How AWS Managed Service Providers Help Their Customer Optimize Cloud Spend and Improve Their Operation Margin with Federator.ai

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Introduction

Cloud computing has revolutionized how businesses operate, enabling them to access powerful computing resources on demand without investing in expensive hardware and infrastructure. As a result, Amazon Web Services (AWS) has emerged as a leader in the cloud computing market, offering a vast array of services and options to businesses of all sizes. According to Statista, as of the fourth quarter of 2022, AWS held the largest share of the worldwide cloud infrastructure market at 32%, which is significantly higher than its two closest competitors, Microsoft Azure (23%) and Google Cloud (10%).

Managed Service Providers (MSPs) are critical in providing AWS cloud services to end-users. MSPs can resell cloud instances, including On-Demand Instances, Reserved Instances, and Spot Instances, or provide value-added services to customers who are AWS users. However, selecting the optimal combination of instances to support an application with persuasive costs and benefits to MSPs’ revenue can be challenging. That’s where Federator.ai steps in to help.

Federator.ai is a cloud operation optimization platform that leverages advanced analytics to optimize AWS resource usage, reduce costs, and support application resilience. Its most straightforward application uses predictive and prescriptive analytics to understand workloads and determine the most efficient combination of On-Demand, Reserved, and Spot instances to support the application while minimizing costs.

By leveraging Federator.ai’s analytics capabilities, MSPs can help their customers optimize their cloud resource usage and provide more efficient and effective cloud services. This, in turn, can result in significant cost savings for the MSP and their customers while also ensuring application resilience and performance. Additionally, AWS applauded the efforts as they expect better resource planning with early commitment from their end users to handle better the data center’s growth and hardware/software expansion to support their operation.

This white paper briefly introduces the different types of AWS EC2 instances and their benefits. Then, it explains how MSPs can achieve a triple-win situation between AWS, MSPs, and their end-users with the help of Federator.ai’s patented Multi-Layer Correlation Analysis. In the end, MSPs can generate more revenue and higher margins and provide premium services to their end-users, resulting in loyal customers and business growth.

Understanding AWS Instance Types and Pricing Models

Amazon Elastic Compute Cloud (EC2) provides various virtual server instances to meet diverse computing needs. These instances are grouped into different families based on their characteristics, including the type of CPU, memory, storage, and network performance.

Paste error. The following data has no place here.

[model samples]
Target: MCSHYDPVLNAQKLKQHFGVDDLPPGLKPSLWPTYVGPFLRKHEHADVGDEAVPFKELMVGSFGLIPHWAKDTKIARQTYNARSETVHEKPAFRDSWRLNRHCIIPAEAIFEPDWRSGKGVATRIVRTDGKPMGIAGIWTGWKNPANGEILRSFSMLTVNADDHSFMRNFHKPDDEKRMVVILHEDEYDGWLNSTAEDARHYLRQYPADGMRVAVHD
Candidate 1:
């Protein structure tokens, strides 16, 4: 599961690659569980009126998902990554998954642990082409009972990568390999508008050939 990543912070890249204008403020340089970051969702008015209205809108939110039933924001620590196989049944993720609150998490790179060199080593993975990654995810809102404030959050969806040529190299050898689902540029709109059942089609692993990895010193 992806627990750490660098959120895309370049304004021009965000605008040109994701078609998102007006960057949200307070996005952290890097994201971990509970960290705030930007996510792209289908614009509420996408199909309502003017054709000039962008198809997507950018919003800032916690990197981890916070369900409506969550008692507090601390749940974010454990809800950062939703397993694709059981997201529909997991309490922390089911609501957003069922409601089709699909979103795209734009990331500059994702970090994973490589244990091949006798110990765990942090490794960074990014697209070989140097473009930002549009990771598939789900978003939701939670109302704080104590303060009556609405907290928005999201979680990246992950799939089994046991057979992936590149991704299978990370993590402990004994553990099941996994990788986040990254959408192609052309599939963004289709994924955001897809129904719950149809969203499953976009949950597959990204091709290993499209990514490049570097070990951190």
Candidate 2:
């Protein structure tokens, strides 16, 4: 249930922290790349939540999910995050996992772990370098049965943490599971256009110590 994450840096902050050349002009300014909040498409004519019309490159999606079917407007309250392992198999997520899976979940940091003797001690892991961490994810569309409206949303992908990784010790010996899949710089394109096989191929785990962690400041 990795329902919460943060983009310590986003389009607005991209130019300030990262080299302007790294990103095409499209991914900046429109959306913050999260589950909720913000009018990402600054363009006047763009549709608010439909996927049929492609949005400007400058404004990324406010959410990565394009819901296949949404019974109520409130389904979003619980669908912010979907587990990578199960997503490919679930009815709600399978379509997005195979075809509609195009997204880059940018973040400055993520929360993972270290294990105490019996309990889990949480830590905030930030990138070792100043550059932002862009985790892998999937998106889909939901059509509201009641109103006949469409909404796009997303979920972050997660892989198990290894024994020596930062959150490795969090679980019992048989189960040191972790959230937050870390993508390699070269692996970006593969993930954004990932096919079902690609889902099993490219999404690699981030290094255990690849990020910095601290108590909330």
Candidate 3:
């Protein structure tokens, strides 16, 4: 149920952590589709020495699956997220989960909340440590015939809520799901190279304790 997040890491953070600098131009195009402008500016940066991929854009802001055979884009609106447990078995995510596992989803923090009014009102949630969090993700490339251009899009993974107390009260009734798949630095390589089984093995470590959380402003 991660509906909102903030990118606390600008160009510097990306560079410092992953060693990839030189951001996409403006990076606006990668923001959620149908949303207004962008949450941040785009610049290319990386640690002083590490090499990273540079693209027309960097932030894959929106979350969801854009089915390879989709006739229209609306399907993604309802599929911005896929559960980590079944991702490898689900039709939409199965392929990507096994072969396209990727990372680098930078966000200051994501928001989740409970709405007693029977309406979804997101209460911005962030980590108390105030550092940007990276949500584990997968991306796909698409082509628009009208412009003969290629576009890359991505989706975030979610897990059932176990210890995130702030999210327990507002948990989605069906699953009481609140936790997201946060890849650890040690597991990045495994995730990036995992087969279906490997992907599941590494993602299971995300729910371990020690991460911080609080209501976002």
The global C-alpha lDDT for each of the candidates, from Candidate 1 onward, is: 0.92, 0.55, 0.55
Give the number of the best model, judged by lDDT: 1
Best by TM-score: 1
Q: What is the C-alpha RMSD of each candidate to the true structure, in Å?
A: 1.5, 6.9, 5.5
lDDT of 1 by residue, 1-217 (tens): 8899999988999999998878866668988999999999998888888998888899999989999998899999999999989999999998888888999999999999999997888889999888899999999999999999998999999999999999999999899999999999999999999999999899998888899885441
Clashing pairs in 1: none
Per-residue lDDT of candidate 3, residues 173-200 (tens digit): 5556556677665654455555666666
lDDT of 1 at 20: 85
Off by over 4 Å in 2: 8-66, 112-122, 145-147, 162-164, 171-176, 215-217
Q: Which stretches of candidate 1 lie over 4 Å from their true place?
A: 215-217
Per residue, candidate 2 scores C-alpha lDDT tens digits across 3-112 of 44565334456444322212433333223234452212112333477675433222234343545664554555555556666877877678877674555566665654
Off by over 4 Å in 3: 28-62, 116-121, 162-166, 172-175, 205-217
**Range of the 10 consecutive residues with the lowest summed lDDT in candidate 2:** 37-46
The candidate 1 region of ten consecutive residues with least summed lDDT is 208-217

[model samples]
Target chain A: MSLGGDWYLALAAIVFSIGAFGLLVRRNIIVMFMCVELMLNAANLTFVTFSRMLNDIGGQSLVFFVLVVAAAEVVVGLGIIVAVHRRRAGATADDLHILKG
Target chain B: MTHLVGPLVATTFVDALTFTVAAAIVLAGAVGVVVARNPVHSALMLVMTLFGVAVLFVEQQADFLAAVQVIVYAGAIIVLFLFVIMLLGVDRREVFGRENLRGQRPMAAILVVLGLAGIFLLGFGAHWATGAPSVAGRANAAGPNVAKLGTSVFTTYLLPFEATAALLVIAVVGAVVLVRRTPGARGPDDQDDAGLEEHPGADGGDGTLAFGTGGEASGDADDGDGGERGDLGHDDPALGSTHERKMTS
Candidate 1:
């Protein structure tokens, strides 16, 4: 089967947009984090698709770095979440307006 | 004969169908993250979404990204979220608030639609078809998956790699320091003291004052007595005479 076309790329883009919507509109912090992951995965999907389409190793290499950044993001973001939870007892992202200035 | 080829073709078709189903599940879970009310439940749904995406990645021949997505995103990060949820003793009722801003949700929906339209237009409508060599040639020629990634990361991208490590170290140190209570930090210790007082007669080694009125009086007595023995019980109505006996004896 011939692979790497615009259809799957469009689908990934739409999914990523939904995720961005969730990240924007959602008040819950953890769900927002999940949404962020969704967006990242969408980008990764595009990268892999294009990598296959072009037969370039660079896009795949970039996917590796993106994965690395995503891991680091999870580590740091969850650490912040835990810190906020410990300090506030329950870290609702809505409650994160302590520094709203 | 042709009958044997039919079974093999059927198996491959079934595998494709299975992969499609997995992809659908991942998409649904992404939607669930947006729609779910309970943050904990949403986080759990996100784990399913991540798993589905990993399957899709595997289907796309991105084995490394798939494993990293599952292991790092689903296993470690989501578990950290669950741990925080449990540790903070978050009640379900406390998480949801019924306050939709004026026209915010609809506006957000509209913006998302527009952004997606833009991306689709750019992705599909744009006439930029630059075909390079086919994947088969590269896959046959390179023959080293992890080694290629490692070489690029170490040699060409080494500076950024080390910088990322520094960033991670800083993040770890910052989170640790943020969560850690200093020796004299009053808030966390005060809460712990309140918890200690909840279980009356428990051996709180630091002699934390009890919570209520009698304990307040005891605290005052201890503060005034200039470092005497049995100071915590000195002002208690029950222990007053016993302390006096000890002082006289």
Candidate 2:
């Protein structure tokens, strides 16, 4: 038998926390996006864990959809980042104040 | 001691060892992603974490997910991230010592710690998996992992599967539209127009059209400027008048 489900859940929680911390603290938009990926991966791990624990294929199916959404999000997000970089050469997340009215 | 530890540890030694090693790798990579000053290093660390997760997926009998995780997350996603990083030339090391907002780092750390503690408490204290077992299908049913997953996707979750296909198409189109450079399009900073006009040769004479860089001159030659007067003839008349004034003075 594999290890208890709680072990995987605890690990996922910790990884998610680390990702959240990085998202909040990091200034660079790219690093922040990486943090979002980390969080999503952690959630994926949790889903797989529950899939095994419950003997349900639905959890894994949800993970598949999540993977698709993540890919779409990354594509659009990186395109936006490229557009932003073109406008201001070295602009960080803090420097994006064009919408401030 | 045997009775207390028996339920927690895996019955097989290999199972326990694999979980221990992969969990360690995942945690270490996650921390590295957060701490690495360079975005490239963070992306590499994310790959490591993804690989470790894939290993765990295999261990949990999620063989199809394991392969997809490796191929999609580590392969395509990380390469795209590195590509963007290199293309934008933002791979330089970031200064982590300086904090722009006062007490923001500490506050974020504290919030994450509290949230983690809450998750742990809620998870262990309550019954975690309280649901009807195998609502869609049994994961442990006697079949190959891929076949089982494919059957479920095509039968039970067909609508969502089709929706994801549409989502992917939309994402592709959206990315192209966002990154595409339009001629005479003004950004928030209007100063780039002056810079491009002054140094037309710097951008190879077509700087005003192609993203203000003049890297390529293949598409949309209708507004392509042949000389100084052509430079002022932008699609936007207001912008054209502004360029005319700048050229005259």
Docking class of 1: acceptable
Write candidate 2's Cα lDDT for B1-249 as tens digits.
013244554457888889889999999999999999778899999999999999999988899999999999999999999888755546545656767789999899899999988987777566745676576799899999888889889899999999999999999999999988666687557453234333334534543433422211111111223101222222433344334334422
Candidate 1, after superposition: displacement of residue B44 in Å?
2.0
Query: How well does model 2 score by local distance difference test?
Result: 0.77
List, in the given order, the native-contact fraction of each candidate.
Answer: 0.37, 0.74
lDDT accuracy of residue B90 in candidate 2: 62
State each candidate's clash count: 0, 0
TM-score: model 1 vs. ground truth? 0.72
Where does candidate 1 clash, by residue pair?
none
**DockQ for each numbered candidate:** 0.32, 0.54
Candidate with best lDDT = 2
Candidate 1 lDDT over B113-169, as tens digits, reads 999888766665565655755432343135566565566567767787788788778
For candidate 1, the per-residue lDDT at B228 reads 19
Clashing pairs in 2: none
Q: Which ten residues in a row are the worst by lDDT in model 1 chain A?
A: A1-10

1. General Purpose Instances are designed for various applications that require a balance of compute, memory, and network resources. These instances suit small to medium-sized databases, development and testing environments, and web servers.
  2. Compute Optimized Instances are designed for compute-intensive workloads that require high-performance processors. These instances suit high-performance computing, scientific modeling, batch processing, and media transcoding.
  3. Memory Optimized Instances are designed for memory-intensive workloads that require high memory capacity and fast memory access. These instances suit data analytics, in-memory databases, and real-time big data processing.
  4. Storage Optimized Instances are designed for workloads that require high-speed, low-latency storage, such as big data processing, data warehousing, and log processing.
  5. GPU Instances are designed for workloads that require high-performance graphics processing units (GPUs), such as machine learning, graphics rendering, and video encoding.
  6. High I/O Instances are designed for workloads that require high I/O performance and low-latency storage access, such as NoSQL databases and data warehousing.
  7. Bare Metal Instances provide direct access to the underlying hardware, allowing users to run applications that require access to the hardware features not available in virtualized environments. These instances suit applications requiring high-performance computing, real-time data processing, and specialized workloads.

In addition to these instance families, AWS offers various purchasing options for instances, including On-Demand Instances, Reserved Instances, and Spot Instances, which must be assigned intelligently to meet the workload demands.

AWS On-Demand Instances are a virtual server that runs on Amazon EC2, providing users with a flexible and scalable compute capacity. The key feature of On-Demand Instances is that they allow users to pay only for the compute capacity they use, with no upfront costs or long-term commitments required. This pay-as-you-go model means that users are only charged for the exact number of seconds or minutes their On-Demand Instances are running. Additionally, users have complete control over the lifecycle of their On-Demand Instances, with the ability to start, stop, hibernate, reboot, or terminate them as needed.